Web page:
Cyberpunk 2077 Accessibility Should Have Been Confirmed Earlier by CD Projekt Red

What was available at launch should have been revealed prior to launch.

December 10, 2020

Cyberpunk 2077 has been possibly one of the most highly-anticipated video games from CD Projekt Red. A futuristic RPG that has seen delays, reports of transphobia, and crunch culture, as well as the studio also refusing to share information about the game’s accessibility. As a result, disabled players continued to be ignored as they requested information for months, with many deciding to hold off purchasing the game until someone was able to confirm what was available. But what is available? And is that the reason the studio was so quiet?

Accessibility in video games boomed in 2020. Naughty Dog’s The Last of Us Part 2 introduced the largest collection of accessibility features available in a video game. Ubisoft continued to share accessibility features weeks prior to launch and even invited disabled creators to early previews during Ubisoft Forward. Xbox made its live-streams more accessible, and the PS5 has features that can massively help disabled players, such as haptic feedback, and in-game guides.

The trend of detailing accessibility features has slowly become more popular among studios. This is great news for those wondering if a game will be comfortably playable. Additionally, the transparency studios have offered when sharing this information has been incredibly welcomed, leaving players feeling informed and confident.

But for CD Projekt Red, it remained tight-lipped… right up until launch when an official accessibility page was published on the Cyberpunk 2077’s website. It confirms colorblind support, motion adjustments, subtitle customization, controller options, key bindings, and a few more. There’s obvious room for improvement present when you actually play Cyberpunk 2077, such as the desire for darker subtitle backgrounds, HUD scaling, and the like. But the range of features currently present in the game are surprisingly adequate, and for that reason alone, it’s even more confusing why this wasn’t shared prior to launch.

…for disabled players, the wait for information on such a desired title has been a painful and alienating one.

Now, I can appreciate that some studios, especially with games on a AAA scale, have strict NDAs in place, and things happen, and situations change. But there’s something offputting about having vital information kept a secret. The knowledge of what a game can offer a disabled player can be what makes or breaks a consumer decision. But there becomes a concern when a studio can share a plethora of content, such as genitalia, cars, and map locations, but not what accessibility is implemented.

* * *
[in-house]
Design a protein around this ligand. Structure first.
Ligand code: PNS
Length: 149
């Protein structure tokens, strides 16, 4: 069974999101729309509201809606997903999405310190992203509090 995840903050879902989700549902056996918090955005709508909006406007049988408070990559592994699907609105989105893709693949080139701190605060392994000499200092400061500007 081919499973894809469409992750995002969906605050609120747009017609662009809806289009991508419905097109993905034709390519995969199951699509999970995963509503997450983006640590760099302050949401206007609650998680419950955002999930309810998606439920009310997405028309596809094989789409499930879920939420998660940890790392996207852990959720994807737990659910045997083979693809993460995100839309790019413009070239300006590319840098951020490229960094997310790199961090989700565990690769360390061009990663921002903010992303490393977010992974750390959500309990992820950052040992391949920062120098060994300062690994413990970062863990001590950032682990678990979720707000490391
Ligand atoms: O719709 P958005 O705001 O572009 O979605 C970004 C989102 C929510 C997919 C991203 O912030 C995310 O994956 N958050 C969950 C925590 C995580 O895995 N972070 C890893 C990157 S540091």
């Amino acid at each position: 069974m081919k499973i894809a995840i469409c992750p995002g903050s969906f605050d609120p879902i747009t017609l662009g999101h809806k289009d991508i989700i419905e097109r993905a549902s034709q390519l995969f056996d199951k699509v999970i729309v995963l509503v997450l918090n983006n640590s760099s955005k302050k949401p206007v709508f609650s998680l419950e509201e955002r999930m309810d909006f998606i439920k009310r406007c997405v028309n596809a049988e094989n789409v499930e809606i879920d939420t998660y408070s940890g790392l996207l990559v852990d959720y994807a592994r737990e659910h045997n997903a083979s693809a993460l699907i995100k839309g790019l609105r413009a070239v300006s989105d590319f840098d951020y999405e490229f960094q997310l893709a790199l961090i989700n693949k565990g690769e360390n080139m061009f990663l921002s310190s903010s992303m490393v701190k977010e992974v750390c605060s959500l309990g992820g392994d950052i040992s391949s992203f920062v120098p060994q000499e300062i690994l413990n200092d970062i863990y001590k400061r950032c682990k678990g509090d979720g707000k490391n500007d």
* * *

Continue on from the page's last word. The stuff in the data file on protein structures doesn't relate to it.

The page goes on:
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When reached out for confirmation on what would be available earlier this year, a representative at the studio told me, “at the moment we don’t have any more information to share”. Understandable given the possible heavy NDAs in place, but also frustrating when the studio continued to drip-feed announcements through Night City Wire events or through social media posts. This is now even more frustrating after discovering what’s available at launch, and what could have been easily revealed.

…the range of features currently present in the game are surprisingly adequate, and for that reason alone, it’s even more confusing why this wasn’t shared prior to launch.

That said, given the epilepsy dangers earlier this week and the room for improvement in accessibility features, it seems as if CD Projekt Red has a lack of awareness when it comes to dealing with accessibility — likely due to not having any consultants to help guide the project. Without that guidance, maybe the studio felt the features were so ordinary that it didn’t need to share information. Maybe the NDAs stopped anyone from mentioning them. Maybe communications fell through given the numerous delays, the pandemic, and crunch. All I can really do is speculate.

Another factor is that Cyberpunk 2077 has been in development since before accessibility started becoming widely implemented, and it seems clear that it wasn’t much of a priority until recently. Whatever the reason, for disabled players, the wait for information on such a desired title has been a painful and alienating one. And it was one that the community shouldn’t have had to wait for.

Going forward, studios need to take note of other industry efforts from both AAA studios and indie studios alike. Games aren’t going to reach the level of The Last of Us Part 2 for a long time but can at least look to studios such as Ubisoft, Tribe Games, Crystal Dynamics, Special Magic Games, and more for inspiration. Research and consultation as early on as possible will at least help make the process of making a game more accessible a somewhat easier task, and ensure the game is accessible at launch.

Hopefully, the industry begins to hire those needed and starts sharing progress openly so disabled gamers can feel confident in a game’s production. Perhaps studios as a whole will take inspiration from Ubisoft and start to make it the norm for detailing what accessibility features and options are available weeks prior to launch. It’s all incredibly important information that players want or need to know before they splash out on their next video game purchase.

In the case of Cyberpunk 2077, it has a good deal of features, but it’s not as robust as what we’ve seen from other studios throughout this year. But keep your eyes peeled on accessibility-focused outlets such as Can I Play That for in-depth coverage on the state of accessibility in the game.

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Ben Bayliss

Based in the UK and adores venturing through FPS horrors and taking photos in pretty much anything with a functioning photo mode. Also likes car games.

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